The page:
Pete Weatherby KC, who represents the Covid Bereaved Families for Justice, who are a core participant in the inquiry, has shown former prime minister Boris Johnson an extract from the diary of Patrick Vallance, his former chief scientific adviser, that talks about the rule of six for social gatherings during the pandemic.
It says: “PM ‘everyone says the rule of six is so unfair, punishing the young but F*** YOU Daily Mail – look this is all about stopping deaths. We need to tell them’.
Johnson apologised for his language but Wetherby interjected, saying: “Well, it’s in shouty capitals and underlined.”
Johnson replied: “Well not by me”. The former PM said he did not recall the tone of the extract being accurate, saying: “What I can tell you, if indeed it is accurate, is that what I would have been saying is that… this is September… you can see the risk that the virus is going to start taking off again and I’m extremely worried and, with great respect to you sir, it looks to me as though what I’m saying here is that the priority is to – and I am sorry to have said this about the Daily Mail – stop death.”
With Thursday's session now over, here are the highlights from Boris Johnson's tough day of questioning:
Johnson rejected a suggestion by his former chief of staff Lord Udny-Lister that he had “no real personal relationship” with then-Scottish first minister Nicola Sturgeon.
Johnson was accusing of backing “bulls**t ‘no surrender’ ideas” from his ministers then come to regret it later, WhatsApps between then-Cabinet Secretary Simon Case, former chief adviser Dominic Cummings and former Downing Street director of communications Lee Cain showed.
Johnson referred to the Government’s facemask policy in the summer of 2020 as “f***** up” in messages to Cummings.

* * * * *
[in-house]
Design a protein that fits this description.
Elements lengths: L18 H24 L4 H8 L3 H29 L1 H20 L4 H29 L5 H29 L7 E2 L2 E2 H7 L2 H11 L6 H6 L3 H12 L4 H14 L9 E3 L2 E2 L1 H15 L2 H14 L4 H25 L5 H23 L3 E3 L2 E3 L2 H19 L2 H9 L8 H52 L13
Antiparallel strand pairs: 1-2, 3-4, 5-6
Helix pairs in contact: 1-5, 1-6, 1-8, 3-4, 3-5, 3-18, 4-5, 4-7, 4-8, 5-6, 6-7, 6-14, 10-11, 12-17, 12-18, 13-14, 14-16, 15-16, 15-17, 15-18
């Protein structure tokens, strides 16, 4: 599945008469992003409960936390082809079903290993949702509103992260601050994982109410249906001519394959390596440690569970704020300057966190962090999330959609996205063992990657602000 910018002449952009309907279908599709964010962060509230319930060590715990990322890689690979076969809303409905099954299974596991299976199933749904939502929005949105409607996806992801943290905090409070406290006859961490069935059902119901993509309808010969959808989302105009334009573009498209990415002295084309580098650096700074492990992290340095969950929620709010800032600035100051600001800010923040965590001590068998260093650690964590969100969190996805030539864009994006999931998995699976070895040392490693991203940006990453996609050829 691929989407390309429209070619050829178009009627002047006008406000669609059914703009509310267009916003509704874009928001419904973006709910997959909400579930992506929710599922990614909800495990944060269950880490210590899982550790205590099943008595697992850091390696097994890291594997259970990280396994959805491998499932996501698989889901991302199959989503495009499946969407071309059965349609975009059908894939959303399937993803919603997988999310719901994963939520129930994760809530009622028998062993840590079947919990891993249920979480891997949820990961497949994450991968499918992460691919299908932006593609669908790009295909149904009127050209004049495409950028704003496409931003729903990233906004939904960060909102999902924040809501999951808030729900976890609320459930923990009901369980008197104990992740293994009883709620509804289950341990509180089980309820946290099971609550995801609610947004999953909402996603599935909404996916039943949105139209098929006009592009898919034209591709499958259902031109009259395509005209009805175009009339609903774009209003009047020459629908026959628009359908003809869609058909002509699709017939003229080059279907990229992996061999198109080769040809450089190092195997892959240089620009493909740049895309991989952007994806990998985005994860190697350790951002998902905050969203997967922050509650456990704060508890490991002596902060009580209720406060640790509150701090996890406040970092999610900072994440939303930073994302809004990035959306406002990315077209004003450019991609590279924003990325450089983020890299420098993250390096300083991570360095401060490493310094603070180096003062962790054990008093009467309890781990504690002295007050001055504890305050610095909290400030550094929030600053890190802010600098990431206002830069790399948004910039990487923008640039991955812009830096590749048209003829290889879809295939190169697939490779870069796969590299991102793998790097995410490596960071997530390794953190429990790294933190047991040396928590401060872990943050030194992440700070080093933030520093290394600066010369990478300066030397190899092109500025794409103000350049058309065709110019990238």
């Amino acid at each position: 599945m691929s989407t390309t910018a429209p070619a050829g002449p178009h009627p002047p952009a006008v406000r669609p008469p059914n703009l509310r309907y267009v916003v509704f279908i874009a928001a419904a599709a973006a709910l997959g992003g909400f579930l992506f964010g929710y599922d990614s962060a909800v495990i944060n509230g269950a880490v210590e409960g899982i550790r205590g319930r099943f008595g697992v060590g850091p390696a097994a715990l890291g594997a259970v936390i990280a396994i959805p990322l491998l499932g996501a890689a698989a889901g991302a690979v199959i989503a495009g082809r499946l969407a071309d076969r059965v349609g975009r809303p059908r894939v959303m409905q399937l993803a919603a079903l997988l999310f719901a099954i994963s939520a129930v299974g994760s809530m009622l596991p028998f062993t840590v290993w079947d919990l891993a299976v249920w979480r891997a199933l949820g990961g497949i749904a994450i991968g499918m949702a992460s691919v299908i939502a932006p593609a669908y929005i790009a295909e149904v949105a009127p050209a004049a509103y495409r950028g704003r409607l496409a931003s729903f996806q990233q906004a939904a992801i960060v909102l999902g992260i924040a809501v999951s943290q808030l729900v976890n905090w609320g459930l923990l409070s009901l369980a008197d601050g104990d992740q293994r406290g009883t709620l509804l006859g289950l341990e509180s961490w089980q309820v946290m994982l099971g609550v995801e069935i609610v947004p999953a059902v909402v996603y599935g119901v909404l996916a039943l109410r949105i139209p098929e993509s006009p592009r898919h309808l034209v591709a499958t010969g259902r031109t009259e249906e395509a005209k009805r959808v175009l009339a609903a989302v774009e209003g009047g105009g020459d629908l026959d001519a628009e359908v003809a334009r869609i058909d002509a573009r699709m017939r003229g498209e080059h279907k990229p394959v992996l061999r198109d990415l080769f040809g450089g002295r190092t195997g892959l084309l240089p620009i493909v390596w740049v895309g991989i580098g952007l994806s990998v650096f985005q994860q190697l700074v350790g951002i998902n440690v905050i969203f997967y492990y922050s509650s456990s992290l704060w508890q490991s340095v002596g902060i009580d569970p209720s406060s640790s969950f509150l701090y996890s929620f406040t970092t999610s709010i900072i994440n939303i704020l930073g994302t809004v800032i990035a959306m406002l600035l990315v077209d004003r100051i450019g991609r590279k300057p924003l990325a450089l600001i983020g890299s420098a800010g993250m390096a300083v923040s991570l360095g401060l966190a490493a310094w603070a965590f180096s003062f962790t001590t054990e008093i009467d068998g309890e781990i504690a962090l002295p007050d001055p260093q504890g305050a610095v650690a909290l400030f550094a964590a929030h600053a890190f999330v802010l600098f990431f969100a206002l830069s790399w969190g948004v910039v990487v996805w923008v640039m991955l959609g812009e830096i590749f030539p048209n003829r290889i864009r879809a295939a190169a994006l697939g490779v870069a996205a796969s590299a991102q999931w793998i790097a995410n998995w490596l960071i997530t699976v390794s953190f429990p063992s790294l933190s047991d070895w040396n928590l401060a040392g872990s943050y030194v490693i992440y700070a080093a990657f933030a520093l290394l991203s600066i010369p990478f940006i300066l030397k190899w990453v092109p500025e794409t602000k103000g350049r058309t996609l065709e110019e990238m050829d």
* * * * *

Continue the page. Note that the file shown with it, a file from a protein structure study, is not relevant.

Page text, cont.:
The former PM said he could not be sure if institutional racism resulted in poorer COVID outcomes for BAME people.
Johnson said he regretted the hurt caused by his comments that older people "had a good innings" or "were going to die anyway", but argued he wanted people to speak freely and felt that by using such language he was encouraging this.
The former prime minister said that early on he was told that “we did have a very good test and trace system and ample preparations but that turned out not to be true”.
Day one: key moments
Whatsapp messages and in-fighting: How dramatic day unfolded
Johnson apologises for 'pain and loss' caused by the pandemic
Emotional Boris Johnson describes ‘tragic, tragic 2020’
Johnson: Hancock may have had defects but did his best
You can read more about Boris Johnson's testimony in our blog below.
Tier system ‘didn’t work but was worth a try’, Johnson tells Covid inquiry
The policy saw some parts of the country placed under heavy restrictions in the autumn of 2020, while other regions enjoyed more freedom.
Former PM asked about 'malingering work-shy' comment
Boris Johnson was asked about his comments that people should return to work, with record showing he said: "We can’t have the b******s of consulting with employees and unions. They need to all come back to work.
“All the malingering work-shy people.”
Johnson said he thought people would be slow to recognise the impact of the vaccine and return to work.
Johnson denies being 'shamefully ageist'
Boris Johnson rejected a suggestion that some of his language regarding older people had been “shamefully ageist”.